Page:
On a sunny Sunday late in the summer of 1901 a crowd, which by some accounts numbered 8,000 or more, gathered in the 700 block of South Main Street to witness the brick-and-mortar beginning of Lima’s second Catholic parish.
“The laying of the corner stone for St. John’s church on the south side for which the pastor, Rev. Father (Frederick) Rupert, and the members of his congregation have been preparing for several weeks proved to be the most imposing and elaborate that has been held on the south side in many years,” Lima’s Times-Democrat wrote Sept. 9, 1901, the day after the ceremony.
A parade featuring the Lima City Band and organizations such as the Knights of Columbus and Ancient Order of Hibernians marched from the site of St. John’s to West and McKibben streets and the parsonage of St. Rose Parish, which had been organized in 1856, to escort the day’s dignitaries to the ceremonies. Among them was Bishop I.F. Horstman, who had dispatched Father Frederick Rupert from Norwalk to Lima only three months earlier to organize the long-sought parish for the south side.
Speeches were made, prayers were offered for President William McKinley, grievously wounded by an assassin in Buffalo, New York, two days earlier, and items placed in a copper box and deposited in the cornerstone. McKinley died six days later and the cornerstone was overturned by, in the words of the Lima Daily News, “contemptible thieves,” who took off with the copper box, apparently believing it contained money. Although undoubtedly contemptible, the thieves were also ill-informed — the box contained letters and newspapers.
Construction of the combination parish church and school building, which cost about $14,000, also took off.
“The building was constructed in record time,” the News wrote in a November 1924 story, noting that dedication services were held on a bitterly cold mid-December day in 1901 “just one week after the blessing of the bell, marking the opening of the church and combination school to the congregation.” The bell, which would call the faithful to Mass and pupils to school, was named Frederick in honor of Father Rupert.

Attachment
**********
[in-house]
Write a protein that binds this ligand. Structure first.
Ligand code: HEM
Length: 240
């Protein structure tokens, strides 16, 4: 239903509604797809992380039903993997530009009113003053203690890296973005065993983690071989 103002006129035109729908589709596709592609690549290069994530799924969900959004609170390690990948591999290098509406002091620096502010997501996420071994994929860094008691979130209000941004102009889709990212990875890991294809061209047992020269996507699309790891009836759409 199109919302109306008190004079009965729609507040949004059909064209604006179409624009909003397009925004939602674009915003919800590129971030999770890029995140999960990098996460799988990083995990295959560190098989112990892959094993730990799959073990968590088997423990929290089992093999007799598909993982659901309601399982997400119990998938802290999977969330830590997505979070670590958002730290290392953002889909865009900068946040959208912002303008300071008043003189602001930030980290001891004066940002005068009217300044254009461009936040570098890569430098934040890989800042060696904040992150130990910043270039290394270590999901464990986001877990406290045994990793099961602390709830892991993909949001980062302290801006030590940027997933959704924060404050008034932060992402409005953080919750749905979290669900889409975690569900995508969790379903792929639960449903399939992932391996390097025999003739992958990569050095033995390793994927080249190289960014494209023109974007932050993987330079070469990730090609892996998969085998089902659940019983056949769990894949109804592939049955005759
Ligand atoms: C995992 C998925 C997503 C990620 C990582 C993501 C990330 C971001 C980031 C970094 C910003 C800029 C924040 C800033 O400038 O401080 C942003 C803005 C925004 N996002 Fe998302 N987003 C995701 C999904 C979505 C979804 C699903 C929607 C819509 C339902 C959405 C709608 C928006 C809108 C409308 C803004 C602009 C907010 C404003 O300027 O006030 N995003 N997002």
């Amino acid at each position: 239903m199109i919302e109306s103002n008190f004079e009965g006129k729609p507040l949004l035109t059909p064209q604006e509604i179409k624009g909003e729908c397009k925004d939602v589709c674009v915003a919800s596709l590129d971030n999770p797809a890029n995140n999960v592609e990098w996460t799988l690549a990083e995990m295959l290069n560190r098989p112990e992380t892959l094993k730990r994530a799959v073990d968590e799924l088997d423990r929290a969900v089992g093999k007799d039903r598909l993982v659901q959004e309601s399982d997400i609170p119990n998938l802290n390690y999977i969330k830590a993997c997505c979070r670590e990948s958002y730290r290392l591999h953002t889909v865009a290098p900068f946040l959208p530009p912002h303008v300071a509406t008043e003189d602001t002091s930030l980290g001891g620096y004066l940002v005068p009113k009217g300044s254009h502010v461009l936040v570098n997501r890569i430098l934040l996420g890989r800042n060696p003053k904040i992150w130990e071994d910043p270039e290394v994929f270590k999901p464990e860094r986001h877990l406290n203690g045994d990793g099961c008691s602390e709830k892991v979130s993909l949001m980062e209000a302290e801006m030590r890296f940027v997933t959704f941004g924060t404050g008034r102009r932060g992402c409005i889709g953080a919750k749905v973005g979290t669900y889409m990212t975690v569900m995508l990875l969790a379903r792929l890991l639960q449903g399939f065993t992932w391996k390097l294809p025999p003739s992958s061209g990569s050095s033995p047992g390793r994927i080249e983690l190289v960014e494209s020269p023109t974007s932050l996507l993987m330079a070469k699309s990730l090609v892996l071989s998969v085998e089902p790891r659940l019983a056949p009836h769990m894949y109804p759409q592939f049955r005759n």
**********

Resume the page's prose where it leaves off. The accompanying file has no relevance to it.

“The structure is three stories high with heavy walls of a first-class quality of brick and a spacious basement in which modern apparatus for steam heat will regulate the temperature throughout the entire building whenever artificial means of heating are necessary,” the Times-Democrat wrote Dec. 16, 1901. “The first floor is devoted to the sacred place of worship,” the newspaper noted, adding that “the congregation expects to use this build only temporarily for purposes other than school.”
The second floor, the Times-Democrat continued, contained “four large school rooms” equipped with “comfortable seats and desks and slate blackboards.” The third floor was devoted to a “spacious hall that will be used for meetings of the various societies of the church, church festivals and school exercises.”
As the congregation and classes grew, plans were revealed in the spring of 1911 for a separate church on land north of the 1901 building. “After considerable deliberation,” according to a program printed for the 1924 dedication of the church, “it was agreed the basement only of the new church be built immediately, the superstructure when the parish was better able to bear the burden of debt.”
For a dozen years, the congregation worshipped in the basement, waiting for the remainder of the church to be built above them. Construction began in July 1922, and St. John the Evangelist Catholic Church was dedicated on Thanksgiving Day, Nov. 27, 1924.
“Pride in the beauty and elaborateness of the structure which stands as an edifice of beauty in south Lima in the midst of the manufacturing district to the south and the business home of the city to the north is openly displayed by members of the congregation who have saved and sacrificed for years to make their dream a reality which stands as an outstanding credit to the city,” The Lima News wrote a few days before the dedication.